‘Duel’ of medical dramas
It’s a popular ploy in the scriptwriting trade: When in need of an especially pathetic and empathetic dramatic twinge, do a medical story!
From “Johnny Belinda” through “Philadelphia” to “Lorenzo’s Oil,” the TV-film landscape is full of literally painful dramas in which physically tormented protagonists contend with all sorts of dire illnesses or disabilities, and eventually surmount them.
Last Saturday, November 24 for instance, two competing anthology programs sharing the same time slot both fielded episodes that were strongly dependent on physical problems to keep viewers watching.
On “MMK,” the drama revolved around a mother (Dina Bonnevie) who didn’t have time for her many kids, leading to the medical neglect of one of them, who suffered from a serious ailment for many years. In addition, one of his siblings died even before he himself finally expired.
On the competing “Magpakailanman,” which has just been revived after a long hiatus, the physical condition focused on was even more extreme: The episode’s protagonist was a girl with no hands! Expectedly, she was bullied and made vicious fun of for many years—until she rose over adversity and became a chef, proving that even the extremely disabled can become amazingly “differently abled” if they put their mind and will to it.
On “MMK,” Dina Bonnevie turned in a deeply felt portrayal, and made herself look very different from her usual glamorous persona. Unfortunately, her otherwise exceptional portrayal was compromised by the exceedingly “declarative” dialogue she was given to “dramatically” intone. Indeed, the entire episode was hobbled by this too self-consciously melodramatic and declarative scripting style.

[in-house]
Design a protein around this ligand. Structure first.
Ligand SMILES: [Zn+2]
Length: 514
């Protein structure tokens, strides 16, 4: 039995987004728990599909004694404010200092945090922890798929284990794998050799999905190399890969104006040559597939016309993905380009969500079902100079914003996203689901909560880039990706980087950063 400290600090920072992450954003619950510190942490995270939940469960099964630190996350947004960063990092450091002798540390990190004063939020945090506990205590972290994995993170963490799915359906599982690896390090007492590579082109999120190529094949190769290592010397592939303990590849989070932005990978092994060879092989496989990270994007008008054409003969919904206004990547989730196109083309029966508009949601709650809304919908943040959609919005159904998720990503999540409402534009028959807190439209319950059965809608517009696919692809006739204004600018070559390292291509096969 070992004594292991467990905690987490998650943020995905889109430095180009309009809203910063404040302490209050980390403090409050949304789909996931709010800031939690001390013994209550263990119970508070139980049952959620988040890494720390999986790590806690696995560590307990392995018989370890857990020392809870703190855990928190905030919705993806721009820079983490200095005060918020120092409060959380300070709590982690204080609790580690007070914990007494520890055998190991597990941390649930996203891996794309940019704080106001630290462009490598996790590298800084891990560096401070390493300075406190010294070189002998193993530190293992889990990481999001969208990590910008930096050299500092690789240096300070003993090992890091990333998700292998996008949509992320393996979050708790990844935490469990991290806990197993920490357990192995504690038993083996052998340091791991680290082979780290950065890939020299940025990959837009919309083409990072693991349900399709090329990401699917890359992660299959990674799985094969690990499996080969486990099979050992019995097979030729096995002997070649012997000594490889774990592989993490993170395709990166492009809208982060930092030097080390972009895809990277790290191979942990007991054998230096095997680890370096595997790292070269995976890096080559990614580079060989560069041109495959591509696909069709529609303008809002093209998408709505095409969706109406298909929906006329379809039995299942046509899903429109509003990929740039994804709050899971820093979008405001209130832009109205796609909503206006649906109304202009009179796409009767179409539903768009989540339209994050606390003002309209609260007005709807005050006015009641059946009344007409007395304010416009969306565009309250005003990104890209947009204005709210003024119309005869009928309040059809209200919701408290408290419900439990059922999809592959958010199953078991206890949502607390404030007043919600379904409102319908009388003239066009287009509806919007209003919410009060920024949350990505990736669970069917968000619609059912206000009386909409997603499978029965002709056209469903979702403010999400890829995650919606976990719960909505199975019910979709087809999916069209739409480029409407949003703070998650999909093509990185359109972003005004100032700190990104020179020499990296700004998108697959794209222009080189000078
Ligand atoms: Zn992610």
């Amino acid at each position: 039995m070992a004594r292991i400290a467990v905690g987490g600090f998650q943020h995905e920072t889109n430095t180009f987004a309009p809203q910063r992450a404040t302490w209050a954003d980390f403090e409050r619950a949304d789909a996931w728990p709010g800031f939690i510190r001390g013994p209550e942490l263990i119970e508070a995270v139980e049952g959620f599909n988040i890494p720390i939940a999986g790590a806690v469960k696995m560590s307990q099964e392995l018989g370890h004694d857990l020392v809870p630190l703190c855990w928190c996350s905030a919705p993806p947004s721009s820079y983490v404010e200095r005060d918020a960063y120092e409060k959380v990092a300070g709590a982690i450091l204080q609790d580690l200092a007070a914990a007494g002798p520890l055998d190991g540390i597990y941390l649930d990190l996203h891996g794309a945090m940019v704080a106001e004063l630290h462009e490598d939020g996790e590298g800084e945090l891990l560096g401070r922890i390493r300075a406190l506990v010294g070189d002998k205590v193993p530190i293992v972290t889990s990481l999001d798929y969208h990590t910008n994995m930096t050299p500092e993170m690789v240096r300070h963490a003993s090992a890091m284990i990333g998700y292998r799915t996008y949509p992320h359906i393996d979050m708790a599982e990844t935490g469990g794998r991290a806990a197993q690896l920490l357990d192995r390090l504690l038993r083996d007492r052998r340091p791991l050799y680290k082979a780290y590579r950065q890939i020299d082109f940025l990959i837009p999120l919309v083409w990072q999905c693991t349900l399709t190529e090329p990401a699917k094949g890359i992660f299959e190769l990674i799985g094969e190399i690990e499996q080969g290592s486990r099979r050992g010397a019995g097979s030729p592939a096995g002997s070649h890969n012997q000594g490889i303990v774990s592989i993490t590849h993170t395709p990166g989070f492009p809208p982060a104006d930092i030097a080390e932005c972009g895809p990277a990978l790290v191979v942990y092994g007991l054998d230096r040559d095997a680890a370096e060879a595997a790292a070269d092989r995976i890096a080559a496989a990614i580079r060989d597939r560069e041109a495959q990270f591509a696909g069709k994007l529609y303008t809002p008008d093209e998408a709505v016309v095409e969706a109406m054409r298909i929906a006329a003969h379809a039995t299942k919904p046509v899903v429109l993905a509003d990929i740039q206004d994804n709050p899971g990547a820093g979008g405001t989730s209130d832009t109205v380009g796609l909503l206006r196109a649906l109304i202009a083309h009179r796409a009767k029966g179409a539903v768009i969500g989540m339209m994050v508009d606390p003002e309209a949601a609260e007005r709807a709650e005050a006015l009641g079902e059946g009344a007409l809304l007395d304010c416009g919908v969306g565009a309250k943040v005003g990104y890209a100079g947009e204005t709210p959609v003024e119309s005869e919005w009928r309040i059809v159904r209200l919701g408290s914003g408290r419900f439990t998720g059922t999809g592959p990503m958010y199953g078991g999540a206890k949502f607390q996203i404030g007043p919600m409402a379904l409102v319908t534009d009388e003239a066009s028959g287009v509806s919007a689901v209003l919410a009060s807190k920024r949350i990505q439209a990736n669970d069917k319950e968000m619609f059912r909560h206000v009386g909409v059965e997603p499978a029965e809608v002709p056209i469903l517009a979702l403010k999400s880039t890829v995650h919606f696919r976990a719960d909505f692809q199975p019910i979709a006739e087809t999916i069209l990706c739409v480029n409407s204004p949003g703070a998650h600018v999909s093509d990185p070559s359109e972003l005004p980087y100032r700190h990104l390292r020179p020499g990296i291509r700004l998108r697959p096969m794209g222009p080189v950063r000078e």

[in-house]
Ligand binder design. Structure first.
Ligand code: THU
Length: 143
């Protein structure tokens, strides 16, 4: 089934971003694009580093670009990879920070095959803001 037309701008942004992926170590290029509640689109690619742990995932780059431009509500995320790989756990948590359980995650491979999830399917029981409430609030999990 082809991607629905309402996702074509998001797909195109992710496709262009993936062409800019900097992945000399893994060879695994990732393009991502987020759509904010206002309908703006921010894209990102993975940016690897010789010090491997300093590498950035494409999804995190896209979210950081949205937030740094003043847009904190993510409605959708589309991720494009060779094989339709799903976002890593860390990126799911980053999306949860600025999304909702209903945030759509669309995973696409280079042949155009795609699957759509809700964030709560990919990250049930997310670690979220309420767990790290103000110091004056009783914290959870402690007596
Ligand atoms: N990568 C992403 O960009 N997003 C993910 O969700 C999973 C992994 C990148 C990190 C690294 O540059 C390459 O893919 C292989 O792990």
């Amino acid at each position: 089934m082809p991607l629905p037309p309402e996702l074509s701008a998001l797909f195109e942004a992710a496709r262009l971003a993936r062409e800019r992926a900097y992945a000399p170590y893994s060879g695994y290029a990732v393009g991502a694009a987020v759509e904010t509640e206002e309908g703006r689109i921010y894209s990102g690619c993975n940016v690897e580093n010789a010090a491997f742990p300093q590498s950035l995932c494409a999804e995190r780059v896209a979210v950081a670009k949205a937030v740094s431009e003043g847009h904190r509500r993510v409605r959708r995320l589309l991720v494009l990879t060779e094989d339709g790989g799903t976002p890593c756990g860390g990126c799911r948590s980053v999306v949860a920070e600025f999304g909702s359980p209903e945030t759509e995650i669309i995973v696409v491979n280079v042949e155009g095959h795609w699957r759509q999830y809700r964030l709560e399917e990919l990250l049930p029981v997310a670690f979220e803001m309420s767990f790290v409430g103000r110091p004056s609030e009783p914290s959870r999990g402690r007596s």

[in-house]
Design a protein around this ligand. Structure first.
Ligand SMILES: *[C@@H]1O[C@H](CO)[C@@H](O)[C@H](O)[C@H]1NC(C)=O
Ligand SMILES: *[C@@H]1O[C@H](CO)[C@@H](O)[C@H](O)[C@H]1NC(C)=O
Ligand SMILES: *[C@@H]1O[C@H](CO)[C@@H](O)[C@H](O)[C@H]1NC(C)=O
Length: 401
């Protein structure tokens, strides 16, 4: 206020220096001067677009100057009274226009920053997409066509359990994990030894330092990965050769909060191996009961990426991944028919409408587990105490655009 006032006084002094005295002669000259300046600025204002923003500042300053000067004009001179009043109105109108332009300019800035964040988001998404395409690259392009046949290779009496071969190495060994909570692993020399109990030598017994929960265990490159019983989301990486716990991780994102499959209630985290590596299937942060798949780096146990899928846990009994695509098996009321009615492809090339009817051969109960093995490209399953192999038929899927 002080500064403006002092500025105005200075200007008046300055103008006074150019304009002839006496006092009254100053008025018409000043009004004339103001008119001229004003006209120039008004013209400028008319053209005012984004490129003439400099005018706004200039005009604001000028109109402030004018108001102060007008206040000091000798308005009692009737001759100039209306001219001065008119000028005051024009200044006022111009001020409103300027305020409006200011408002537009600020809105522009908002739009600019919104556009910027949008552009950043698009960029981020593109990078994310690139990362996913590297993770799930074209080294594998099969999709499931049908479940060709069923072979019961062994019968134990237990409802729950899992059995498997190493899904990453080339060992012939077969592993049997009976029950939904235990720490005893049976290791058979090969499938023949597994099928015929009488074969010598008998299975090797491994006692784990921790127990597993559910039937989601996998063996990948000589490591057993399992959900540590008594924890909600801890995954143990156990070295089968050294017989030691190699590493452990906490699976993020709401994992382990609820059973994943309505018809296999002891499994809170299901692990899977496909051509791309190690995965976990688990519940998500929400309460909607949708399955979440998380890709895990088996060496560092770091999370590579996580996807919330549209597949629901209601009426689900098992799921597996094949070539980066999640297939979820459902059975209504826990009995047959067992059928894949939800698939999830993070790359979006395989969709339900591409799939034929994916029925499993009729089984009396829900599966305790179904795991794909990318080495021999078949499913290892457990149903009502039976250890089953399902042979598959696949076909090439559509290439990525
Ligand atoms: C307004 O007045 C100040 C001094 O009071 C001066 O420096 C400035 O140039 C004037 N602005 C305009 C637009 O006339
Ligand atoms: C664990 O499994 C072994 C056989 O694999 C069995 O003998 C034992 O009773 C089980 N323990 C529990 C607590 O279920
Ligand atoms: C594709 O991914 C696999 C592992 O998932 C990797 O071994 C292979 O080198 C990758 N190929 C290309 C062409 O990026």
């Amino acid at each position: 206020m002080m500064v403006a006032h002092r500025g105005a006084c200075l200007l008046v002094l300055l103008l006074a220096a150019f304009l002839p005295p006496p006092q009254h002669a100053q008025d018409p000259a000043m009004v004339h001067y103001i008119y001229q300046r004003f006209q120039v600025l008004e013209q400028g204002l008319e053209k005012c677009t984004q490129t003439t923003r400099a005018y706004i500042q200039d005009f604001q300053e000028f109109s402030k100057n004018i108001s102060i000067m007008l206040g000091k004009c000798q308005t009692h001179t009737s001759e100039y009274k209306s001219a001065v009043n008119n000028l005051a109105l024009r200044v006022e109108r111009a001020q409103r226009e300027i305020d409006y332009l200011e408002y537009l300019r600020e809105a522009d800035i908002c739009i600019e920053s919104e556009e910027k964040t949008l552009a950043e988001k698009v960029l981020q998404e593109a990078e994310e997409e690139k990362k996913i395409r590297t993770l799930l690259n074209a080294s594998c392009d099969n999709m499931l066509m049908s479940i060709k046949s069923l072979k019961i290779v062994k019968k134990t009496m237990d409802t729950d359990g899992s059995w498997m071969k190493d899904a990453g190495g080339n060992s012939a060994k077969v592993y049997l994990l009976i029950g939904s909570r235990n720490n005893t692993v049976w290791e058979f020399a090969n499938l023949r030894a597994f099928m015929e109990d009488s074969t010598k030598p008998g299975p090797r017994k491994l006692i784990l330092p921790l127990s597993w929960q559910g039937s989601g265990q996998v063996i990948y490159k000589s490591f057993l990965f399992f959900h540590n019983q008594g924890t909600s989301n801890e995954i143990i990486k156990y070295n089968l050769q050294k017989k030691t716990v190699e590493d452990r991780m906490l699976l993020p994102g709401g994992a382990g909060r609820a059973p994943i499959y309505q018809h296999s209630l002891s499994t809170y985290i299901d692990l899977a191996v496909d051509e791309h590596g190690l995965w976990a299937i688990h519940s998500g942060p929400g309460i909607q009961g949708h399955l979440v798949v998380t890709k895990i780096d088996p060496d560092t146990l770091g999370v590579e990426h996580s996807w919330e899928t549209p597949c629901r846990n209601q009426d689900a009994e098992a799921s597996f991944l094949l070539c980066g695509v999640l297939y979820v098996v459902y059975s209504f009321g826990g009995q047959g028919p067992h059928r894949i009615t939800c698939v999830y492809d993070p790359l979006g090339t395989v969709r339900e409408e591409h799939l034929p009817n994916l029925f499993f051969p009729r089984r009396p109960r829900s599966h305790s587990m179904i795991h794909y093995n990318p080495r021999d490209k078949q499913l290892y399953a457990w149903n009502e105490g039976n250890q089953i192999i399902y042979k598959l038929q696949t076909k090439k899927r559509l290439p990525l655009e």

In a particularly lush scene, this was exemplified by the suffering son’s anguished “aria,” to wit (paraphrase): “Galit na galit ako sa kundisyon ko. Pero, sa huli, nakuha ko pa ring maging masaya. —Mahal na mahal ko kayo, Inay, kasi naniniwala kayo sa kakayahan ko!”
Ornately “declarative” dialogue like that is to be avoided because it says and describes everything the character is feeling, and leaves little for the viewer to fill in with his own empathetic insights.
On point of attention-calling disability, the “Magpakailanman” episode was the more remarkable production—but, it had its own share of woes. At times, the tricky challenge of making an actress look believable as a character without hands was awkwardly addressed.
More reprehensibly, however, when the character grew up, the young actress playing her was replaced by a young-adult performer who didn’t at all look like her. Insufficient attention to believable detail like this made the episode come off as an implausible drama, and robbed it of genuine conviction and empathetic power.
The two competing medical dramas’ insufficiencies show that, while illnesses and disabilities can initially grab viewers’ attention, other factors have to be addressed for them to end up as memorable viewing experiences.
So, we urge producers, writers and directors of TV dramas to do more than just blithely “ride” on illnesses and disabilities to keep viewers viewing. There’s much more work and genuine artistry involved!
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